Leathers elected president of state climatologists association
1:25 p.m., Dec. 10, 2013--Dan Leathers, Delaware state climatologist and professor of geography in the University of Delaware’s College of Earth, Ocean, and Environment, has been elected president of the American Association of State Climatologists (AASC).
The national organization promotes cooperation between state climatologists and agencies that collect and analyze climate information.
Wall of Fame
“The AASC serves as a liaison between climatologists and the public, large organizations and policy makers,” Leathers said. “I’d really like to build our relationships with those organizations and see the AASC become more involved in policy-making on a federal and state level.”
State climatologists are responsible for providing weather and climate data to their states and partners through research, outreach and education. In most states, the position is designated and agreed upon by the state’s governor, a state university and the National Climatic Data Center.
AASC has more than 100 members, including state climatologists from 47 states. The organization meets annually to discuss ongoing climate-related issues, potential solutions and future goals.
In his two-year term as president, Leathers aims to increase the stature of the association, build relationships with the national organizations and create institutional memberships to get universities more involved with the AASC.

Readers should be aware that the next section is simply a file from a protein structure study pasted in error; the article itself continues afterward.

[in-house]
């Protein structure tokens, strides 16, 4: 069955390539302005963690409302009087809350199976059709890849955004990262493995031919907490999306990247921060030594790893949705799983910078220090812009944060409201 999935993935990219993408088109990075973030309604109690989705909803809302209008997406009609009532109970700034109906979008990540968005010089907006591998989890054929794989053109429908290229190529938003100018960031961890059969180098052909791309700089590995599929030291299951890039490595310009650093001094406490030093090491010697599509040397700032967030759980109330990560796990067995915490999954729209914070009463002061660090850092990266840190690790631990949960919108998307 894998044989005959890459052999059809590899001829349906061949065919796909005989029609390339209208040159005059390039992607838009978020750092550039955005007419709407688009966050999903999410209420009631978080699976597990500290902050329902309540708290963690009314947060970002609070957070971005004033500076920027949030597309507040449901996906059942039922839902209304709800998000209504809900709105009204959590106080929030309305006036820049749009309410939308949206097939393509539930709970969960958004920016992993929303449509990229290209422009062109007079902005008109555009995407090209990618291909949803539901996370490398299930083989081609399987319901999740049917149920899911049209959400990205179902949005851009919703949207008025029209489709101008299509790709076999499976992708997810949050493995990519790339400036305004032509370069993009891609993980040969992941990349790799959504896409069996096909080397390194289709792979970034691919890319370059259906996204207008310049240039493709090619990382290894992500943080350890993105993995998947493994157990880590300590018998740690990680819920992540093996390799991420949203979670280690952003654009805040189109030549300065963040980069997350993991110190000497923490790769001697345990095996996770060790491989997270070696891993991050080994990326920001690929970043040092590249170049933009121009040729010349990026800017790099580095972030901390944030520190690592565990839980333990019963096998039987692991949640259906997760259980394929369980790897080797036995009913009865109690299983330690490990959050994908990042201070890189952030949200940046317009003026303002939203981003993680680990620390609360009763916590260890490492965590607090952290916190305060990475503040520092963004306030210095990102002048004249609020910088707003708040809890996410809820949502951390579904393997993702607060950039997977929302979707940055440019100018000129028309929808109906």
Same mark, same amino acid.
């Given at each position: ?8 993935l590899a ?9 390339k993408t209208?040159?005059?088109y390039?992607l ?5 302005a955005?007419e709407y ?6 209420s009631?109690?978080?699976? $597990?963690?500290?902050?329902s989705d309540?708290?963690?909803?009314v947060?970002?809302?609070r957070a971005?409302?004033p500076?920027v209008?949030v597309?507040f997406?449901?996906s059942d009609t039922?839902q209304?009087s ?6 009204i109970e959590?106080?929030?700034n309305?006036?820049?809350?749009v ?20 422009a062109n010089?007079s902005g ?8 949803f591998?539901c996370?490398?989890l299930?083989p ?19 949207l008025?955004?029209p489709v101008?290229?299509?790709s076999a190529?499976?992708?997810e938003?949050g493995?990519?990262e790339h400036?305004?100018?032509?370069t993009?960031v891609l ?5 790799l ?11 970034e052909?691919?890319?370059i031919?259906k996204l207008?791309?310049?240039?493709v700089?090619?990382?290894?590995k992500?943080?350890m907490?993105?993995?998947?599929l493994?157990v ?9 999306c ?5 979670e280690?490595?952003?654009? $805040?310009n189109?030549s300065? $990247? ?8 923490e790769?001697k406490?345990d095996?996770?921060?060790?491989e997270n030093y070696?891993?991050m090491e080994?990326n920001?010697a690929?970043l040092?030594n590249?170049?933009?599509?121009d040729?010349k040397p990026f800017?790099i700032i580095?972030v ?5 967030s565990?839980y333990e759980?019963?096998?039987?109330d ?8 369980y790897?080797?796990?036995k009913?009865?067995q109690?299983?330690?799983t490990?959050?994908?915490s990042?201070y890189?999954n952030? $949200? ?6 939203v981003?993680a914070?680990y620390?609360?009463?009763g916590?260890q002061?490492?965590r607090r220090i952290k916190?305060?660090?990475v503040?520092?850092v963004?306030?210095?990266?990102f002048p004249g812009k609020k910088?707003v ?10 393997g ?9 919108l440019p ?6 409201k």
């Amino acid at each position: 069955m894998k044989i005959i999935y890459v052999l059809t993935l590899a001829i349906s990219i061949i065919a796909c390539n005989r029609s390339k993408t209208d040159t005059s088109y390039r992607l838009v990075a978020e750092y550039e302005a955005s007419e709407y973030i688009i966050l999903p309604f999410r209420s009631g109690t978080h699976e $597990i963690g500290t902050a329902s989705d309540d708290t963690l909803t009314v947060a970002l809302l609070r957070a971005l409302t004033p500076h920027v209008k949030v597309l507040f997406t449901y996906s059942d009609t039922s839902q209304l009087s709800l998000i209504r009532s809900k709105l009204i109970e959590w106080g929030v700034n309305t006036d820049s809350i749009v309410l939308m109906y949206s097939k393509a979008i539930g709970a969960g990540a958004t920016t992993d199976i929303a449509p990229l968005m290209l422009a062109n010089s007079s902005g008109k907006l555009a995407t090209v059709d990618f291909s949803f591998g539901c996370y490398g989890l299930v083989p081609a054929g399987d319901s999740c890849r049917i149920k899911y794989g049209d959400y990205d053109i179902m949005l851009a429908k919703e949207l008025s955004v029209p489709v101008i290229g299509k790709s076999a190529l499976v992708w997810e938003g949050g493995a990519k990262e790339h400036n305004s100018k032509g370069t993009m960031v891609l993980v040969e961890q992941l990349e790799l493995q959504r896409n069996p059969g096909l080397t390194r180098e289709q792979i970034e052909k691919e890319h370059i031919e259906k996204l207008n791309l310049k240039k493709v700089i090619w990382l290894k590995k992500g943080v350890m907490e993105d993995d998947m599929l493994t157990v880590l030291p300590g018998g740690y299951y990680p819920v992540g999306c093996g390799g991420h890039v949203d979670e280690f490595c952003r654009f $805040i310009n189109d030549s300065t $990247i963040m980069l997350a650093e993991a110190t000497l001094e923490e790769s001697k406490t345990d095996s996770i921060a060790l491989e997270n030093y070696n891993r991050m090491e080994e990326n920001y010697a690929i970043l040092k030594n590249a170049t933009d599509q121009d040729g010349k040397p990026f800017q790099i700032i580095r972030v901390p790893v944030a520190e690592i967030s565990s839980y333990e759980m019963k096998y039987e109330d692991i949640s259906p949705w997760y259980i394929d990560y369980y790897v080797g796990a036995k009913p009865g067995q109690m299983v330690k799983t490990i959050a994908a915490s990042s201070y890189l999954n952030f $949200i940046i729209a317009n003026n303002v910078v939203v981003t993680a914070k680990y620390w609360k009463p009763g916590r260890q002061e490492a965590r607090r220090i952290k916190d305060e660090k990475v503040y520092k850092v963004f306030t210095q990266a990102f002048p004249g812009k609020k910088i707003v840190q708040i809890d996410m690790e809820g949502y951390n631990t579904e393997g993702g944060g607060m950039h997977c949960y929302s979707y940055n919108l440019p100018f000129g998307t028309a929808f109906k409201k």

Leathers will also represent the AASC to the public and other organizations, such as the National Oceanic and Atmospheric Association, the National Science Foundation and the U.S. Geological Survey.
Leathers earned his doctorate in geography from Pennsylvania State University in 1988. After teaching at the University of Nebraska-Lincoln, he joined the UD faculty in 1991 as an assistant professor of geography. He attained the rank of full professor in 2001 and served as department chair from 2001-06.
In addition to the AASC, Leathers belongs to the American Meteorological Society, American Geophysical Union and the Association of American Geographers.
Leathers serves as the co-director of the Delaware Environmental Observing System (DEOS), a support tool for decision makers involved with emergency management, natural resource monitoring, transportation and other activities. DEOS provided valuable weather information to the National Weather Service during Hurricane Sandy and Hurricane Irene.
Article by Andrew Cooper
Photo by Lisa Tossey